Dallas County Green Party

Outline of Consensus Decision Making

(based on outline from the Green Party of Virginia also, see Green Party of Texas consensus explanation)

The Goal of Consensus

The goal of consensus is to arrive at agreement by all. It attempts to bring every member to unity where everyone wins and nobody loses. Each person has some of the truth, no person has all of the truth. Each member must come to consensus ready to listen and believing that the group, searching together, can reach the best solution.

Unity does not mean unanimity, it means the best general agreement possible in a reasonable time period.


  1. Any member may take part in the discussion and in consensus process.
  2. If a vote is necessary, only the members may vote.
  3. Participants will treat others with consideration, or will be asked to remain silent or leave the meeting.
  4. If possible, participants sit in a circle, so that all can been seen and heard, and to symbolize our equality.


  1. The facilitator guides the group toward decisions that everyone can agree on by periodically summarizing the status of the discussion and asking if there is anything else that the group needs to know. He or she makes sure that people are staying on topic, are not speaking out of turn, are not engaging in two person dialogues. If the facilitator has a lot to say on a topic, the alternate facilitator should take over for that topic.
  2. The timekeeper lets the group know how they are doing in relation to their agreed upon time schedule.
  3. The notetaker records notes, reads back proposals as they are altered, submits the notes to the Secretary or Co-Chairs within a timely fashion. All proposals, amendments and reports should be presented to the notetaker in writing.
  4. The stack-keeper takes the names of people who want to speak and calls on them in order.
  5. The vibes watcher may interrupt the meeting if tensions get high.

The Agenda

  1. The Officers are responsible for preparing an agenda in advance of the meeting, with input from members.
  2. Sufficient time should be allotted for each agenda item and for breaks.
  3. The agenda and proposals to be discussed at should be published in a post on the website in advance of the meeting.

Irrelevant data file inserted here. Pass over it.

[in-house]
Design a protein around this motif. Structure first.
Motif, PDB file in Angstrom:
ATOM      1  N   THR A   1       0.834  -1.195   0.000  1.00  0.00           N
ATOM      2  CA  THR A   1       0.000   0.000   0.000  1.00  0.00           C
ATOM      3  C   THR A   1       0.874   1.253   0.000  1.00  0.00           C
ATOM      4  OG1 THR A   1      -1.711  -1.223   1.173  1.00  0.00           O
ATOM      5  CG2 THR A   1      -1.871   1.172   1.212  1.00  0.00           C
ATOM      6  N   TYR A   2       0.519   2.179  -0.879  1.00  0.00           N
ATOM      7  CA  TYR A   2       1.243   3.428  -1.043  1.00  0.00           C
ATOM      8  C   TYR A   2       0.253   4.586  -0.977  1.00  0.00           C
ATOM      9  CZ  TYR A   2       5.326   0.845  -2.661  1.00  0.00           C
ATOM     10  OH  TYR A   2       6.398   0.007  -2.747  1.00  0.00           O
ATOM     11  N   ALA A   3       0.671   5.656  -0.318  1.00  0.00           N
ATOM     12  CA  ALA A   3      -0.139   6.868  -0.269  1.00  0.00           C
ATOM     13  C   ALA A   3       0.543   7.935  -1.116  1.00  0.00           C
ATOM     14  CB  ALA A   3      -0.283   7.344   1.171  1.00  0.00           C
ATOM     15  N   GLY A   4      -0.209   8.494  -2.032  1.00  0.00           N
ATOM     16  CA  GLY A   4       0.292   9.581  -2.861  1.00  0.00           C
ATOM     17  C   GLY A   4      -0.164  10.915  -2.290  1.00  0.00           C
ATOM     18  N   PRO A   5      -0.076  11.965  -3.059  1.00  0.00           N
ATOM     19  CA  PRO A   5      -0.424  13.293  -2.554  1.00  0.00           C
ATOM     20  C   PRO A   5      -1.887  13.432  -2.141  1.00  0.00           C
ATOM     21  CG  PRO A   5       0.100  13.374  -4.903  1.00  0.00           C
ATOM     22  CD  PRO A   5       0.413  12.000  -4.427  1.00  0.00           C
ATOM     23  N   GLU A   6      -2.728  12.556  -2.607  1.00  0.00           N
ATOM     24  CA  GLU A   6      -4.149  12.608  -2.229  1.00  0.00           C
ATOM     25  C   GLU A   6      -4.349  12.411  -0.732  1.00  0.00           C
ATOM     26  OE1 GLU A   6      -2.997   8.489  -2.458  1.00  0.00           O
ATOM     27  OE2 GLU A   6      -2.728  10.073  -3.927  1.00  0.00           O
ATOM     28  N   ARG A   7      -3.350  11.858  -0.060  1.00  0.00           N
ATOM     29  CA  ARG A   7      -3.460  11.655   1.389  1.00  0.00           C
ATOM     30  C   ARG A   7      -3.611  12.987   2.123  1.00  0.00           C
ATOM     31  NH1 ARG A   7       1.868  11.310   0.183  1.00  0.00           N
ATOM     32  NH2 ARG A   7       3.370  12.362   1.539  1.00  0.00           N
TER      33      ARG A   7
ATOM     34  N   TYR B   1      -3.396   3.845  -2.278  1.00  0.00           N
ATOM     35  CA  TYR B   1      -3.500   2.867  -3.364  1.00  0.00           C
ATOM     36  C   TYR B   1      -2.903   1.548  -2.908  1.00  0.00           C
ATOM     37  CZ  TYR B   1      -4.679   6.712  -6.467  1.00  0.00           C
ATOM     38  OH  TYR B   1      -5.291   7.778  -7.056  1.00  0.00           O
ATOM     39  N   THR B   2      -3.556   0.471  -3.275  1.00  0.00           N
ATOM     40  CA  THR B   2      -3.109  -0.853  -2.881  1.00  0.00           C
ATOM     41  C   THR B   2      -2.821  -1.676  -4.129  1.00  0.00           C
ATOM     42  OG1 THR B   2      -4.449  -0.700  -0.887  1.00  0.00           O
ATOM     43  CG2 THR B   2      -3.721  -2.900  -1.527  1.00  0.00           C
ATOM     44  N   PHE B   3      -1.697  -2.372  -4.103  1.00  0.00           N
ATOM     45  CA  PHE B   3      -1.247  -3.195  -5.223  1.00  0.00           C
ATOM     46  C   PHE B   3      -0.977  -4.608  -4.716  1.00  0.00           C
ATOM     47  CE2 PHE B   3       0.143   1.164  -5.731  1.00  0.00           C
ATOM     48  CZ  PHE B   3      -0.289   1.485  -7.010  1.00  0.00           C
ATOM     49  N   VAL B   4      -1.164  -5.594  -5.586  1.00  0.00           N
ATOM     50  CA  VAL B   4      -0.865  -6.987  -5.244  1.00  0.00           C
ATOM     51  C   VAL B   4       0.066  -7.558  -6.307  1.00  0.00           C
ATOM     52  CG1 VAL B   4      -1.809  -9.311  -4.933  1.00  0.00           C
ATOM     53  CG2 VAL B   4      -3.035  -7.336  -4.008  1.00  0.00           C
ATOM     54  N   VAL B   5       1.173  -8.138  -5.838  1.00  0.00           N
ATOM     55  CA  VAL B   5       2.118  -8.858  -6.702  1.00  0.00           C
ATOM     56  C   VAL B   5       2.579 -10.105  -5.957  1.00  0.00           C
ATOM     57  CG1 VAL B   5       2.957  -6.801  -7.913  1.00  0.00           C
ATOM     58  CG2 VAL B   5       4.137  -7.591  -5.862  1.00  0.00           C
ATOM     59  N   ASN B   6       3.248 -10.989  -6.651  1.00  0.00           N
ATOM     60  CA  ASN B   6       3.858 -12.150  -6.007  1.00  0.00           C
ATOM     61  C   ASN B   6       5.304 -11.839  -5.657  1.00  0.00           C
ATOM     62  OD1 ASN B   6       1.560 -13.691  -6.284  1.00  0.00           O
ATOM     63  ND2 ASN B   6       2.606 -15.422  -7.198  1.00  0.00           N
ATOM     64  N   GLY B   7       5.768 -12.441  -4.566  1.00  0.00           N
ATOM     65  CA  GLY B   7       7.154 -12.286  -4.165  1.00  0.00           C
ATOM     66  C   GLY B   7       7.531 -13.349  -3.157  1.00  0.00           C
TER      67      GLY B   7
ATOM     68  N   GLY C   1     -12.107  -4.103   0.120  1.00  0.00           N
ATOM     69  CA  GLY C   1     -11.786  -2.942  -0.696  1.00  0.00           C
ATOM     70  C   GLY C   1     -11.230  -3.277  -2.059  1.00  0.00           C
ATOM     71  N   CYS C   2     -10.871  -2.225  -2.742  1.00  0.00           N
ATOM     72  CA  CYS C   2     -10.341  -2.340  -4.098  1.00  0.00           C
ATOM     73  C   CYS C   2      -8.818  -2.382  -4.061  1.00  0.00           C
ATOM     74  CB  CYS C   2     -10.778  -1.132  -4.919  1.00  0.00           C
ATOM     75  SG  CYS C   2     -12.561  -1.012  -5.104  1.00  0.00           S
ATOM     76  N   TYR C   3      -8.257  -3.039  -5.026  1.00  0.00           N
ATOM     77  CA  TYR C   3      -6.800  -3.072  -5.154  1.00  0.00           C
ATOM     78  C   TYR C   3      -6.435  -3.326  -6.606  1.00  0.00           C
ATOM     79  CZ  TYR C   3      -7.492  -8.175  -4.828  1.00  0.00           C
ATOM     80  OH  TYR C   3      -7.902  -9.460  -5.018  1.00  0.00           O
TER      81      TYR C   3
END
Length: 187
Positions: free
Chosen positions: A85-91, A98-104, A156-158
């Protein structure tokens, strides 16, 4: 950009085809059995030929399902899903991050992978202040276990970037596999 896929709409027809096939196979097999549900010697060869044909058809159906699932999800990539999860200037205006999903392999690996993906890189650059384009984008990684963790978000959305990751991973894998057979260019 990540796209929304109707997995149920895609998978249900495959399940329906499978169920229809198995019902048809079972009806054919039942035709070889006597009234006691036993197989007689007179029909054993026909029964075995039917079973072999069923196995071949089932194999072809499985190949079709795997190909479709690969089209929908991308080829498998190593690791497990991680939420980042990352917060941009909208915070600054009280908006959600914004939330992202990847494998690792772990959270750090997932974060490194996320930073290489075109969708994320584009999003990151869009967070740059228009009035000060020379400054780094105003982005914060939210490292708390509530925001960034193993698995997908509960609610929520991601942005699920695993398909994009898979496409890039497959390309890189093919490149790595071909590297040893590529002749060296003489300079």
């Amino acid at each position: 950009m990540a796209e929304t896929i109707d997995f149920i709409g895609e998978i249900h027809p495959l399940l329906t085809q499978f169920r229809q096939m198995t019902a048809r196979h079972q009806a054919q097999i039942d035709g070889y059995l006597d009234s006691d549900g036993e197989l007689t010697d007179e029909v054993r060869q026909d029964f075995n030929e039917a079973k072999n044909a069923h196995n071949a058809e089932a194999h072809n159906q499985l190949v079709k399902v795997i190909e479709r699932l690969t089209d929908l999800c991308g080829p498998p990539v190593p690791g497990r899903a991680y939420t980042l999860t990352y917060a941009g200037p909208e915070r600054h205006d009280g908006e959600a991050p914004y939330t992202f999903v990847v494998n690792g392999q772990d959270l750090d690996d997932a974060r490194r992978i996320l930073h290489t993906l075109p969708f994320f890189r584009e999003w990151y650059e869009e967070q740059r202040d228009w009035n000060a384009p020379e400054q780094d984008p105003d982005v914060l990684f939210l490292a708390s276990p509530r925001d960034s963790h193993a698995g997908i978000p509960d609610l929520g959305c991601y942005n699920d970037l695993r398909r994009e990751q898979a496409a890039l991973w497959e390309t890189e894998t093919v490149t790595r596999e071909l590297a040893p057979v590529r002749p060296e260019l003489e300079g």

4. Advance discussion of agenda items takes place on the website post comments.
  5. The agenda is approved at the beginning of each meeting and may be amended by consensus.

The Stack

  1. In each discussion period, a “stack” of names is taken.
  2. People are called on in order.
  3. An attempt is made to let others speak before a previous speaker speaks again.
  4. If a concern has already been expressed, there is no need to reiterate it. If you must, a quick “I share Jane’s concern” will allow more time for actually addressing the concern.
  5. If you have already spoken once and have other concerns, have faith that if they are truly important someone else will speak to them. You’ll be surprised how often this works and allows more people to participate.
  6. The stack-keeper, the timekeeper and the vibes-watcher may interrupt the stack to attend to their jobs. (There are 12 people on the stack and we have 5 minutes left.)
  7. Participants may signal that they have a point of information that will clarify the issue and save time in the discussion. This may break the stack.
  8. Participants may also signal that they have a point of process which needs to be addressed. This may break the stack.
  9. The stack is closed when adding more people to the stack would cause the proposal to run over time. The group may bargain for more time if the proposal needs more discussion.
  10. The facilitator may also choose to use other discussion methods besides the stack, as appropriate, such as asking each member of the circle to speak in turn.

Decision Making

  1. Introduce the proposal. Once the proposal has been introduced, it belongs to the group, not just the proposer.
  2. Clarifying questions.
  3. Call for concerns.
  4. Friendly amendments.
  5. Test for consensus:
    1. Are there any remaining concerns?
      1. Can the be resolved? Will those who have this concern stand aside?
      2. Are they blocking concerns? (serious, ethical objections to the proposal, related to the group’s purpose or reputation, or legal issues)
    2. if there are no unresolved concerns (or if the person(s) with those concerns will stand aside) and no blocking concerns, consensus has been achieved.
  6. If consensus cannot be achieved within the time alloted for the proposal, the group may:
    1. Table the item until the next meeting or send to committee.
    2. Allot more time to the item.
    3. Decide to vote on the proposal – voting should be last option as it is failure of consensus:
      1. Major decisions (organizational structure, bylaw changes, etc.) require a vote of three-quarters or more of members for affirmation.
      2. Minor decisions require a simple majority of members for affirmation.
  7. If a proposal is affirmed, details are ironed out if necessary – volunteers are taken for follow up work or are reminded of what they volunteered to do and by when.

Closing Circle

  1. At the end of the meeting, participants will each give their thoughts on what they liked about the meeting and what could be done differently.
  2. This is not the time to rehash pros or cons of particular proposals or to engage in discussion with other participants.